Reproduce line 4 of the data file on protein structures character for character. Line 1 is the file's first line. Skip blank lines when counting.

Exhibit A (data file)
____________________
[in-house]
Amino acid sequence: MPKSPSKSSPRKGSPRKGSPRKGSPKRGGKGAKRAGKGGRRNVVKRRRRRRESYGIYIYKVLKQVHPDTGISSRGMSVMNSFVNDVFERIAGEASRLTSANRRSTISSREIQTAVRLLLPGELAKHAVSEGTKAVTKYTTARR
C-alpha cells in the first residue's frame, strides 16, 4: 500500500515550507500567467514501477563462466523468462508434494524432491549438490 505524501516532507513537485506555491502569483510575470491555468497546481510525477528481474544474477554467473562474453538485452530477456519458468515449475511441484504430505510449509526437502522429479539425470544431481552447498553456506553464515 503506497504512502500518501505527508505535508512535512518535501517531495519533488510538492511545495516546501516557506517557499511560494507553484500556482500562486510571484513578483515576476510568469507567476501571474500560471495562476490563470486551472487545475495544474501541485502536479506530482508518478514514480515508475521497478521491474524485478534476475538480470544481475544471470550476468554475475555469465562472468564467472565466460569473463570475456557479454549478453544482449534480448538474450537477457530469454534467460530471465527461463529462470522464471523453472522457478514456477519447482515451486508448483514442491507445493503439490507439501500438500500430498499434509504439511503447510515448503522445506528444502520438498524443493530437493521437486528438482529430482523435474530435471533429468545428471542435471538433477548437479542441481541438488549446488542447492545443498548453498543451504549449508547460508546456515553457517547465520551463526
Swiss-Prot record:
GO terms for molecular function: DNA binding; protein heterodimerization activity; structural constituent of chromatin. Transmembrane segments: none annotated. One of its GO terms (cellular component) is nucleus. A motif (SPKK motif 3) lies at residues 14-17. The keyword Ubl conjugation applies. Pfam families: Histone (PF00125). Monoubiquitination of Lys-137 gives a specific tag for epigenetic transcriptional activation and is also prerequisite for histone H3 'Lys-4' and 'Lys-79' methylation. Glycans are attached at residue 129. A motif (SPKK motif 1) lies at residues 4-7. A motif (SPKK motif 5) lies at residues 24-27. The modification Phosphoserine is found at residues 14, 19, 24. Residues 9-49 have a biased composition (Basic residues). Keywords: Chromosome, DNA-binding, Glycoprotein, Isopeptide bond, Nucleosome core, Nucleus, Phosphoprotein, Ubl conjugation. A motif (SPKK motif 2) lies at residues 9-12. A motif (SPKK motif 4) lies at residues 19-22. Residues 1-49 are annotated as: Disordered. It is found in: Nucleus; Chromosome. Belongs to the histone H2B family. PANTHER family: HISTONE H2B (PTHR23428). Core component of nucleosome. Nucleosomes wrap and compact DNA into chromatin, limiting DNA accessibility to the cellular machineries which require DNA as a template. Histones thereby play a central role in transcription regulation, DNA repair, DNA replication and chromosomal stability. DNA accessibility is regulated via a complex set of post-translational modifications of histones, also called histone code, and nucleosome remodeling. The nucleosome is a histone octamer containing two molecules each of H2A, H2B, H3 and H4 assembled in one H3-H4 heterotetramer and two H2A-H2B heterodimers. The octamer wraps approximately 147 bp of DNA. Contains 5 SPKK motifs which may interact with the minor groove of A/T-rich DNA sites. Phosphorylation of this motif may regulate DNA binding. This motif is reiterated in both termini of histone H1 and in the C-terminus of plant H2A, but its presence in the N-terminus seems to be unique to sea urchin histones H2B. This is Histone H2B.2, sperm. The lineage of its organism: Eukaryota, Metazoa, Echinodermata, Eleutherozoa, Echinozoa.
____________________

Swiss-Prot record: